Crawford family attorney: people “want answers”

Rally at the Hamilton County Courthouse in support of Crawford family. (WDTN Photo/Rob Sneed)
Rally at the Hamilton County Courthouse in support of Crawford family. (WDTN Photo/Rob Sneed)

DAYTON, Ohio (WDTN) – As Baltimore braces for another possible night of unrest, 2 NEWS is looking at what Dayton is doing right.

The “Charm City” officials say people erupted into riots Monday in reaction to the alleged police-involved death of Freddie Gray, 25, whose spine was severed and he later died.

In comparison to Baltimore, some believe the Miami Valley had a relatively peaceful response after the police-involved death of John Crawford III.

2 NEWS asked the lawyer of the Crawford family why the reaction seen in Baltimore was not seen in this community.

Lawyer Michael Wright thinks, “…one of the primary reasons we don’t see what’s happening or didn’t see what’s happening in these other communities is because we kept this primary local. You know, we didn’t have a lot of outside influence and a lot of outside individuals come into our community and kind of dictate how the peaceful protests have happened in this area.”

Wright credits community and city leaders for what some see as a calm aftermath following the death of John Crawford III.

The 22-year-old was shot and killed by Beavercreek Police last August; officers were responding to a 9-1-1 call that Crawford was waving around a gun inside the local Walmart.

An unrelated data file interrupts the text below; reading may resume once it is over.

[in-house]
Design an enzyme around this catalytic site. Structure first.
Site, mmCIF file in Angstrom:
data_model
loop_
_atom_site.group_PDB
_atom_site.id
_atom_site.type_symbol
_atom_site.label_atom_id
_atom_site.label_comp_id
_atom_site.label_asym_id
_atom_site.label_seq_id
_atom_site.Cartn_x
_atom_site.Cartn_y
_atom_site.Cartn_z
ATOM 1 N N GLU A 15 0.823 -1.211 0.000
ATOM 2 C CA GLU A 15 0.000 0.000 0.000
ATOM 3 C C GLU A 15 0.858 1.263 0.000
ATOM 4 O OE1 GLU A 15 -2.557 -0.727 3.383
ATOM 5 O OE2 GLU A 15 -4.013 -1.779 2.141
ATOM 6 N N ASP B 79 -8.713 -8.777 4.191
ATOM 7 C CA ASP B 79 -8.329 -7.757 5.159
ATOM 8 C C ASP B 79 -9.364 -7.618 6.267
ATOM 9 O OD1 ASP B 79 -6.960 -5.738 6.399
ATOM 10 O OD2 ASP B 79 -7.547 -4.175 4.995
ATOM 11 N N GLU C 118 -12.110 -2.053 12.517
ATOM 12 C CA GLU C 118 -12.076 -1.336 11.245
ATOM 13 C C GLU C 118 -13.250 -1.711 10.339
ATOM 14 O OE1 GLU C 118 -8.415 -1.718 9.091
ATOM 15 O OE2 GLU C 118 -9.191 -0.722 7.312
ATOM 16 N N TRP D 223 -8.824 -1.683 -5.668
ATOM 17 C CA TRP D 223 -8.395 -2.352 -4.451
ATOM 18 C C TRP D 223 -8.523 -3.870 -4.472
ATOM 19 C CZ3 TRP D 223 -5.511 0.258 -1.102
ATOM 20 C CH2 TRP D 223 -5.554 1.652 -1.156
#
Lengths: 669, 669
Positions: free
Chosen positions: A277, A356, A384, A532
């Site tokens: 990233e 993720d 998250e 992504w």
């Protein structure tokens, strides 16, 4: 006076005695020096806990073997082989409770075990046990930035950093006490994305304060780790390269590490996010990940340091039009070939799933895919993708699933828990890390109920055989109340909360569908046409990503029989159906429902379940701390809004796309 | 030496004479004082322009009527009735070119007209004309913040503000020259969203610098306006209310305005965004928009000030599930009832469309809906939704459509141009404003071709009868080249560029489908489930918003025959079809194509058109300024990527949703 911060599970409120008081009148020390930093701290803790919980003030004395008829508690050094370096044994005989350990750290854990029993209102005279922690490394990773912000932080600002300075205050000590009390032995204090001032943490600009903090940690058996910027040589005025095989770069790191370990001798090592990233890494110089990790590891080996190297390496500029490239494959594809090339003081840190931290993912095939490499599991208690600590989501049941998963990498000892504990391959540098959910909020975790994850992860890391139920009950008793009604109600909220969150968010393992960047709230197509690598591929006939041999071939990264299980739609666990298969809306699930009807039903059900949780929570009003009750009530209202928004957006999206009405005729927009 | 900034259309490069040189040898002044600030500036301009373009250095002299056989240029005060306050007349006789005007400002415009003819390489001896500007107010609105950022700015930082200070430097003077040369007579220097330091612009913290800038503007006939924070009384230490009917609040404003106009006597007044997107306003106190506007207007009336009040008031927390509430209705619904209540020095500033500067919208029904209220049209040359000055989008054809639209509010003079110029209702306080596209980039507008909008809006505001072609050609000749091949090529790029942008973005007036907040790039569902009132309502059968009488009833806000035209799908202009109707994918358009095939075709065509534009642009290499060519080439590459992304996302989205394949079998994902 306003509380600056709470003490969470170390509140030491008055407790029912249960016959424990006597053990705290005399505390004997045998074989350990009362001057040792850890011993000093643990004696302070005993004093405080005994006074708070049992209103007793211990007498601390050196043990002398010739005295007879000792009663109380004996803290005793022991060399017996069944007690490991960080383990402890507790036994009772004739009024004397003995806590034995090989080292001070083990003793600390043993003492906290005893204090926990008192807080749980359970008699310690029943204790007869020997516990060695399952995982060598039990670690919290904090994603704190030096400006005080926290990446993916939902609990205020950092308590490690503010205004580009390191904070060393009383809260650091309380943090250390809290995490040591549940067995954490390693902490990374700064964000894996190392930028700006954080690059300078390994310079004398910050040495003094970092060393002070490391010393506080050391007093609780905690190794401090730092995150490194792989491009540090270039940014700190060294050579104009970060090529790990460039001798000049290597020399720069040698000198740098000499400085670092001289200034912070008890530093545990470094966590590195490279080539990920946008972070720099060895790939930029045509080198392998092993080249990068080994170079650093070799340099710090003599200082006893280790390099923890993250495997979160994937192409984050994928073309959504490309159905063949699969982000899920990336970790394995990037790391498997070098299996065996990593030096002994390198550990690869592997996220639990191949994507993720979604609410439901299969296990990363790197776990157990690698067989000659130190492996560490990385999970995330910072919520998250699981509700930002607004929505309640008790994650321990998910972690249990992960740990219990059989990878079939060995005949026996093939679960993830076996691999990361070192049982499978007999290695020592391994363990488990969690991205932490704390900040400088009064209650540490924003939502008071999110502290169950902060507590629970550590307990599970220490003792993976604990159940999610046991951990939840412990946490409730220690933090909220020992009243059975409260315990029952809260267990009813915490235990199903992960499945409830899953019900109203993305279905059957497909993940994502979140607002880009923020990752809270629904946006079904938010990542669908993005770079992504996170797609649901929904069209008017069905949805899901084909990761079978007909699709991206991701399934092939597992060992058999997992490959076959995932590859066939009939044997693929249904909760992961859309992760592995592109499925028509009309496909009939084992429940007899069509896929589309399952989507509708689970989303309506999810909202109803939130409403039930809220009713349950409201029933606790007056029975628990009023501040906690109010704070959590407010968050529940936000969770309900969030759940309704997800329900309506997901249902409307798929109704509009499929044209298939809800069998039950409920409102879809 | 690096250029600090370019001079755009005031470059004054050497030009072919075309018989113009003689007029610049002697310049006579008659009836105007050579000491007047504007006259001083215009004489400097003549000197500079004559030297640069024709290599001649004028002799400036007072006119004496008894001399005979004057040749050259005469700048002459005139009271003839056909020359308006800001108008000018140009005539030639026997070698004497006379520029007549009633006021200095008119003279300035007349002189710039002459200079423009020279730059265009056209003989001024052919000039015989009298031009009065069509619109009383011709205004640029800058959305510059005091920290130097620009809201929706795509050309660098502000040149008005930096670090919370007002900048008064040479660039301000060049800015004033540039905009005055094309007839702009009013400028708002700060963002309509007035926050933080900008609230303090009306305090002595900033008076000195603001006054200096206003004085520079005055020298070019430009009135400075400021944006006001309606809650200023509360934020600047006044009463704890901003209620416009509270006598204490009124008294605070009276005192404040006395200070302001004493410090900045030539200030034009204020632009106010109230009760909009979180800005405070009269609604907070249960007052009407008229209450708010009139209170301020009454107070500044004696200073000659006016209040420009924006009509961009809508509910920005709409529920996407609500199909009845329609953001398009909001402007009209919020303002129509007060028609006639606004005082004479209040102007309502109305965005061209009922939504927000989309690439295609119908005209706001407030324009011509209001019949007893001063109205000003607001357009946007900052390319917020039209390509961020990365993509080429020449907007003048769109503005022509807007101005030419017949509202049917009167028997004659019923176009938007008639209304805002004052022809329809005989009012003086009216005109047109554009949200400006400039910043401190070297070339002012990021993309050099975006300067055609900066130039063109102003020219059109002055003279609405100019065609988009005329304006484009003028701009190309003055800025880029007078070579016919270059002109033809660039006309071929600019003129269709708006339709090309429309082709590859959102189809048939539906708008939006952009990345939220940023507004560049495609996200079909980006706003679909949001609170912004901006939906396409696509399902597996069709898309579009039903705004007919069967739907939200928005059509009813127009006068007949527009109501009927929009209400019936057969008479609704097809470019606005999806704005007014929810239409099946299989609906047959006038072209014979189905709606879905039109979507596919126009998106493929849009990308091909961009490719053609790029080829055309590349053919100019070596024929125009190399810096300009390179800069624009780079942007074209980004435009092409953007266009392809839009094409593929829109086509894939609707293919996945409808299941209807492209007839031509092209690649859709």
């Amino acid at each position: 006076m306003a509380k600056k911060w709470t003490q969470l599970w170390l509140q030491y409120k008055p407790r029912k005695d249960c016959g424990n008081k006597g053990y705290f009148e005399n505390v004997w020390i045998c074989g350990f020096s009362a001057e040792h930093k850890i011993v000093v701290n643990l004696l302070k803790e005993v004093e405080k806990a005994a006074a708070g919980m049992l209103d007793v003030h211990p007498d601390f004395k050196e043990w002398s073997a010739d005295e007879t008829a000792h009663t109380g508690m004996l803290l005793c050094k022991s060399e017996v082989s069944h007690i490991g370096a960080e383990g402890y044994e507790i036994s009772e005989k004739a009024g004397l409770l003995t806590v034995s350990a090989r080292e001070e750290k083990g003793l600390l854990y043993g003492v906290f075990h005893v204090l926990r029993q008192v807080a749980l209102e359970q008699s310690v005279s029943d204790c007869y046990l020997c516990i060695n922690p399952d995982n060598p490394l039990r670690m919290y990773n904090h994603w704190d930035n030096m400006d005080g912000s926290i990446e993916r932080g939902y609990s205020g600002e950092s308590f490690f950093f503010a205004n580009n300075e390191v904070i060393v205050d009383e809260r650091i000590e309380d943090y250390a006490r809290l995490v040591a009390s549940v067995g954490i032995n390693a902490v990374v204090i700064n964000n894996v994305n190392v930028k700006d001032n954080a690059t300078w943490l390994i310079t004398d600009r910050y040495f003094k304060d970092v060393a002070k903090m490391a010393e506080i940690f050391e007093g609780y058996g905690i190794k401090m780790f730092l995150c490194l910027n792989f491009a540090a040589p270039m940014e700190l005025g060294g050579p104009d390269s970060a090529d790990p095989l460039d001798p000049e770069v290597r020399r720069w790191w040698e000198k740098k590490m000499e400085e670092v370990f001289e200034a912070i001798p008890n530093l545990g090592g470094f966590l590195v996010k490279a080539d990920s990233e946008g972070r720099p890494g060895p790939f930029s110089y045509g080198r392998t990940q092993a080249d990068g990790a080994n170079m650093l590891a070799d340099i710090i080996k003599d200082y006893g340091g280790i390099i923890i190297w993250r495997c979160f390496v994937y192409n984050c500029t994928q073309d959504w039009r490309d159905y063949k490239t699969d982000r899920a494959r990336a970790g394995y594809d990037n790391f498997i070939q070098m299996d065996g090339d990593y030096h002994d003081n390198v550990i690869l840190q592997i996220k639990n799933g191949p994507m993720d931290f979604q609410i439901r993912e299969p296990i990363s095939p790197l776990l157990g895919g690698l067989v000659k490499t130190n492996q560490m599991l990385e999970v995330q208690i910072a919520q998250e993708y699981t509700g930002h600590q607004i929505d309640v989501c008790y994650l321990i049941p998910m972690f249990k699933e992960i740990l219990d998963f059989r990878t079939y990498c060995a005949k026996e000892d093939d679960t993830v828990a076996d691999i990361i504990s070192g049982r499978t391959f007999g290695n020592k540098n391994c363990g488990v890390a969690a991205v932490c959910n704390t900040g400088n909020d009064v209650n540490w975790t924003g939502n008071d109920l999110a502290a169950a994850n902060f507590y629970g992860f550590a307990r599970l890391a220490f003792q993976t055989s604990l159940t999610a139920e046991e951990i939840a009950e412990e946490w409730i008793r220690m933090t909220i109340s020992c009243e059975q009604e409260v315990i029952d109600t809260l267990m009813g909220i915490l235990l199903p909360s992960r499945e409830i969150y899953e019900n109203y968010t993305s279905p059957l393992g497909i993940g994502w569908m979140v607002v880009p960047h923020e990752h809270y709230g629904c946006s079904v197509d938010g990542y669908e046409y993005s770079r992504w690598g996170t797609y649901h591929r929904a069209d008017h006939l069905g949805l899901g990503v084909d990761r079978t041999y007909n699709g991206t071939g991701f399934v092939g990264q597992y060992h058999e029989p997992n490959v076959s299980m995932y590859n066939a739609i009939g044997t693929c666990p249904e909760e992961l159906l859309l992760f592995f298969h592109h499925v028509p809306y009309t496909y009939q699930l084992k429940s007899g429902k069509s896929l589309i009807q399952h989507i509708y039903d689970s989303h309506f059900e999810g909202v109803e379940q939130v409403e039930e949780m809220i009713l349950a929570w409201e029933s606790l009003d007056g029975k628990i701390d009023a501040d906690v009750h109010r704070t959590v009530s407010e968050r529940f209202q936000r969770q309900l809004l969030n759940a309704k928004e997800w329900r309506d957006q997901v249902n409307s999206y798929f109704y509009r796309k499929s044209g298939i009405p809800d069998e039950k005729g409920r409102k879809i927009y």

It was later learned that it was a B.B gun.

Wright says national attention to this police-involved shooting was slim because it “… was so close to Ferguson so there was a lot of national attention in Ferguson when this situation was going on with Mr. Crawford.”

The attorney and Crawford’s family have since filed a civil suit against the City of Beavercreek, Beavercreek Police Department and the Walmart Corporation.

The litigation is expected to begin in 2017; he says the hope is to bring what they see as justice for his death.

As the Freddie Gray investigation unfolds, the lawyer tells 2 NEWS he understands the outrage and frustration of those there and in the Miami Valley.

“People are angry, you know,” he explained. “They want answers. They don’t like to see this epidemic of, you know, men being killed at the hands of police so I believe that definitely these things can be prevented; however, you have to be very proactive.”

Wright says he believes the law will play a role in changing police policy and helping bridge the gap in police-community relations. provides commenting to allow for constructive discussion on the stories we cover. In order to comment here, you acknowledge you have read and agreed to our Terms of Service. Commenters who violate these terms, including use of vulgar language or racial slurs, will be banned. Please be respectful of the opinions of others and keep the conversation on topic and civil. If you see an inappropriate comment, please flag it for our moderators to review.

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